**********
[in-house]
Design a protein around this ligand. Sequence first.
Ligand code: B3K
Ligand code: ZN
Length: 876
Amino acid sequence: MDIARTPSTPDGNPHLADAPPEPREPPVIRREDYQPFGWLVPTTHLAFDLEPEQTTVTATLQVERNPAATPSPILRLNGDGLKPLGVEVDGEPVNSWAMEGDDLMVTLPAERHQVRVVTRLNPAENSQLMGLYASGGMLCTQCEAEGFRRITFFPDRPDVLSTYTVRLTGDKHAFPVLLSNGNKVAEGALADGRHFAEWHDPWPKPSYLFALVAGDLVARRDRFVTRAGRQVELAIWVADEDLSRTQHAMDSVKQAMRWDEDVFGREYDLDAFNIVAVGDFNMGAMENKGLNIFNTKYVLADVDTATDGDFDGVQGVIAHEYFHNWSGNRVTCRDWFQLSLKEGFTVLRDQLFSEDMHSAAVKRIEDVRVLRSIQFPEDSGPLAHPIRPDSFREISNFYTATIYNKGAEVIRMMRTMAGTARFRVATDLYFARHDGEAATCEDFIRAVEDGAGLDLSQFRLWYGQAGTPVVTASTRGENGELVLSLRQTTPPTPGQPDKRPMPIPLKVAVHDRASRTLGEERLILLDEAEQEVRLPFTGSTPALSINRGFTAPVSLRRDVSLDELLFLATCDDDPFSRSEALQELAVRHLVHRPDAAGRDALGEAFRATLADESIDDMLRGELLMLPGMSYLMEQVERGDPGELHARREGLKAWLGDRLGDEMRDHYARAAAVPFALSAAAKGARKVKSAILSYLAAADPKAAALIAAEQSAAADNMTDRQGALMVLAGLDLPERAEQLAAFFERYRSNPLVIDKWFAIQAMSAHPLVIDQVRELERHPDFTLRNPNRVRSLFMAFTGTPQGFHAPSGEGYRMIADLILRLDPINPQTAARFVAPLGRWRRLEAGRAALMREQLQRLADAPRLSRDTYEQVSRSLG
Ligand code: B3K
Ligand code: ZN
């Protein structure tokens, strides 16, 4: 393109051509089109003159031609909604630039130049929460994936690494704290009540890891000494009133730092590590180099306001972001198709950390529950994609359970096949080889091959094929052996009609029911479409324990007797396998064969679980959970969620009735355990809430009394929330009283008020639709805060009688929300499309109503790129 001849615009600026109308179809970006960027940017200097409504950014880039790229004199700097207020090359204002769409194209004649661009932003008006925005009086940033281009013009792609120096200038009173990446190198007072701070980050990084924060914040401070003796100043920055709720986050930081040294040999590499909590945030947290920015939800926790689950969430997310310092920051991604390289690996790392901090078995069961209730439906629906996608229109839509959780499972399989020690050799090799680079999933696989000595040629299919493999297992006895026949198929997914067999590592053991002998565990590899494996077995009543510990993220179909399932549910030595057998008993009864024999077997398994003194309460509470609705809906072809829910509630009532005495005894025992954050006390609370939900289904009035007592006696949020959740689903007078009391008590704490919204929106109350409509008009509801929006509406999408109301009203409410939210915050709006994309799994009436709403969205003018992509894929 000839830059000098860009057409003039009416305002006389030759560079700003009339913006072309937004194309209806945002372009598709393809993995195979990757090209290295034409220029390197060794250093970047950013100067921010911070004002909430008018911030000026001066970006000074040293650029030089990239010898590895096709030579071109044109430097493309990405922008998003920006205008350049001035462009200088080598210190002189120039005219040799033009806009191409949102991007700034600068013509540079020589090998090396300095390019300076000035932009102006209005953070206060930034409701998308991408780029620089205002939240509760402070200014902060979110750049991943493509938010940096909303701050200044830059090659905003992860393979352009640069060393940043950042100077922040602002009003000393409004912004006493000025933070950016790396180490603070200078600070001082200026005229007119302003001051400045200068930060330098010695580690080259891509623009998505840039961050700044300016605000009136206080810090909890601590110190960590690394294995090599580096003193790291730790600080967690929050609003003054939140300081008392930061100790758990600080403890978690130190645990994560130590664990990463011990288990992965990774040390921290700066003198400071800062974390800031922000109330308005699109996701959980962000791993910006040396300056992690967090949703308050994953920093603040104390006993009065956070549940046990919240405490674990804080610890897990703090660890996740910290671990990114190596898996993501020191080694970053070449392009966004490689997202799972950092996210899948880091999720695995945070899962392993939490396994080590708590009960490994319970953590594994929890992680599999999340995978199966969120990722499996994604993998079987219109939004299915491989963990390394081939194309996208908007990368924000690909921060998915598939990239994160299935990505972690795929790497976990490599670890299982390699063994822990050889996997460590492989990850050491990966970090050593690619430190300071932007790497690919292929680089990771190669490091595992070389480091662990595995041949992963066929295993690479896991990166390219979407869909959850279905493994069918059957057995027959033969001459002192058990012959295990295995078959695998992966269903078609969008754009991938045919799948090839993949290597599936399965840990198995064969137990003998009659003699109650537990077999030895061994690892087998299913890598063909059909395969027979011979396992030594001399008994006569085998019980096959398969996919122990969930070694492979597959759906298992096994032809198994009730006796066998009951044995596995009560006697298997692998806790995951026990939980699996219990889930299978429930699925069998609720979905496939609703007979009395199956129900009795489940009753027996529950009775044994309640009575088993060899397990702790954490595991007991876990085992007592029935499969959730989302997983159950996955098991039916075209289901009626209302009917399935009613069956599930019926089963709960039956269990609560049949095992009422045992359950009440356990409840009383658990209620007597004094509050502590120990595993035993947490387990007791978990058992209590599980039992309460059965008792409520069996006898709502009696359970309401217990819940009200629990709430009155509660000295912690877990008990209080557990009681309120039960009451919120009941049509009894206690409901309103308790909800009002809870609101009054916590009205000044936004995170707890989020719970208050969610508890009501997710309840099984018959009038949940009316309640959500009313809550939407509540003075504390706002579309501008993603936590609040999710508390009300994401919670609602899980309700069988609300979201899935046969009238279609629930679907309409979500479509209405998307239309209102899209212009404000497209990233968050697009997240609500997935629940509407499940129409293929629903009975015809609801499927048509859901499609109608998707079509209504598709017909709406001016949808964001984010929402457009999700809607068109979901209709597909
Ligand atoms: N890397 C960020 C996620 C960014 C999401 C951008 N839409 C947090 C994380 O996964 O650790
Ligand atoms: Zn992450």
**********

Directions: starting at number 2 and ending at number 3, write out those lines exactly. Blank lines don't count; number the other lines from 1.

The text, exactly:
Design a protein around this ligand. Sequence first.
Ligand code: B3K